1198 reduces Mcl-1 and increases apoptosis in PCa cells
To provide context for overall chemotherapeutic efficacy, we showed that 1198 was an 8-30-fold more potent inhibitor of PCa cell viability compared to 2ME2 (Supplementary Figure 1A). Since resistance to Doc is a significant clinical problem in the treatment of CRPC , we sought to determine if 1198 can overcome PCa cells resistant to Doc. We developed PC3 cells resistant to Doc (PC3/DR), which may be due to overexpression of multi-drug resistance (MDR) and Bcl-2 (Supplementary Figure 1B). In contrast to Doc, 1198 effectively inhibited both PC3/DR and parental PC3 cells (Supplementary Figure 1C), suggesting that 1198 may be an effective alternative to cabazitaxel in the treatment of Doc-resistant CRPC.
Given that 1198 is a known antimitotic agent that is likely to exert its action on anti-apoptotic Bcl-2 family proteins, we sought to determine its effect on Mcl-1. In LNCaP, DU145 and PC3 cells, 1 µM 1198 increased cleaved (cl)-PARP (marker of caspase activity) and the proteasome-dependent degradation of Mcl-1. In contrast, Bcl-2 and Bcl-xL levels were similar to control with the exception of increased phosphorylated isoforms (Supplementary Figure 2A, B). Interestingly, the combination of 1198 and the proteasome inhibitor MG132 increased shorter Mcl-1S isoforms in LNCaP and PC3 cells, possibly due to elevated poly-ubiquitinated (Ub) proteins and proteotoxic stress (Supplementary Figure 2B). In PC3/DR cells, 1198 but not Doc also decreased Mcl-1 and increased cl-PARP (Supplementary Figure 2C). We then showed that shRNA knockdown of Mcl-1 sensitized LNCaP and PC3 cells to 1198-mediated cell death and increased cl-PARP (Supplementary Figure 2D). These results demonstrate the importance of Mcl-1 in protecting PCa cells from 1198-mediated apoptotic cell death.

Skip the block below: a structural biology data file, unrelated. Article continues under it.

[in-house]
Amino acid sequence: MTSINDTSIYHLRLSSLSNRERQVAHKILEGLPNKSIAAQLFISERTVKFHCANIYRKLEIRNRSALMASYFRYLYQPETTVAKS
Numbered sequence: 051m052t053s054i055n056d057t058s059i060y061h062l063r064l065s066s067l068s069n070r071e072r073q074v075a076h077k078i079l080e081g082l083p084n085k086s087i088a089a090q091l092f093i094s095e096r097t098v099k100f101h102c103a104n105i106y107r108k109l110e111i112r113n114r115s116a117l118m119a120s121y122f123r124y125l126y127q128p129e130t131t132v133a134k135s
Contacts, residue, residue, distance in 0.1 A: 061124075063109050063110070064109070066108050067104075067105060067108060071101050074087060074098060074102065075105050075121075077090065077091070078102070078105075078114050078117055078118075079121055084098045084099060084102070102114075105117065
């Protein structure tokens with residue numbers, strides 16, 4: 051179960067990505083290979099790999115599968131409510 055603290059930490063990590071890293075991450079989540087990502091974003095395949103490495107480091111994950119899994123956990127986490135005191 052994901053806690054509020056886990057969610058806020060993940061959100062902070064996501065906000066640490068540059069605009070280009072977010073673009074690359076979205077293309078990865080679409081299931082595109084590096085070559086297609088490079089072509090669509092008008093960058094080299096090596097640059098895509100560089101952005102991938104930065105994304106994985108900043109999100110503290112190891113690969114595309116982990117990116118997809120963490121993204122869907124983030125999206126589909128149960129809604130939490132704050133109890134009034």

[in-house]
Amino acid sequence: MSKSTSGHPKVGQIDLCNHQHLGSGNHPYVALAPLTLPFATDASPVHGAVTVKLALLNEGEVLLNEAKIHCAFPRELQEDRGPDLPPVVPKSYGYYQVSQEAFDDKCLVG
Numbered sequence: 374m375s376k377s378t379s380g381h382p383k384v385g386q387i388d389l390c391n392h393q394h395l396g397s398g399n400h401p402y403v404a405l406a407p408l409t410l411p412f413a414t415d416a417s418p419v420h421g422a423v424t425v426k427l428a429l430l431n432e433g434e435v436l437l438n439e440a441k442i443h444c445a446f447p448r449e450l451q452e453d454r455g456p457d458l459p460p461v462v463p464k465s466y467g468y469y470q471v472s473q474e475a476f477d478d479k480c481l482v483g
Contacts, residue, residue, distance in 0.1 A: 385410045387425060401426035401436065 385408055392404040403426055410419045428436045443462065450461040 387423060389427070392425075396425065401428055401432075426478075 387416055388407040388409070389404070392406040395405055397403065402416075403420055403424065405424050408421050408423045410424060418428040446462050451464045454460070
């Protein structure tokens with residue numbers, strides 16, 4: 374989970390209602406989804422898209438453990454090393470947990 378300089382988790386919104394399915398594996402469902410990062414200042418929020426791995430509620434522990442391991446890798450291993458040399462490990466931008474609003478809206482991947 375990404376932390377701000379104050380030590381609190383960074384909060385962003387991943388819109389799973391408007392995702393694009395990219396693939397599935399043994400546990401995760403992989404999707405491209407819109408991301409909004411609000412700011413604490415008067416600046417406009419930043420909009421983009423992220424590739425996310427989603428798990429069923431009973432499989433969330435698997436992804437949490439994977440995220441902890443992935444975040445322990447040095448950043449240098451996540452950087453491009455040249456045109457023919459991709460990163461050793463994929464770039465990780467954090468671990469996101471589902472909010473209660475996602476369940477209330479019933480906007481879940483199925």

1198 + BA combination enhances apoptotic and necrotic cell death in PCa cells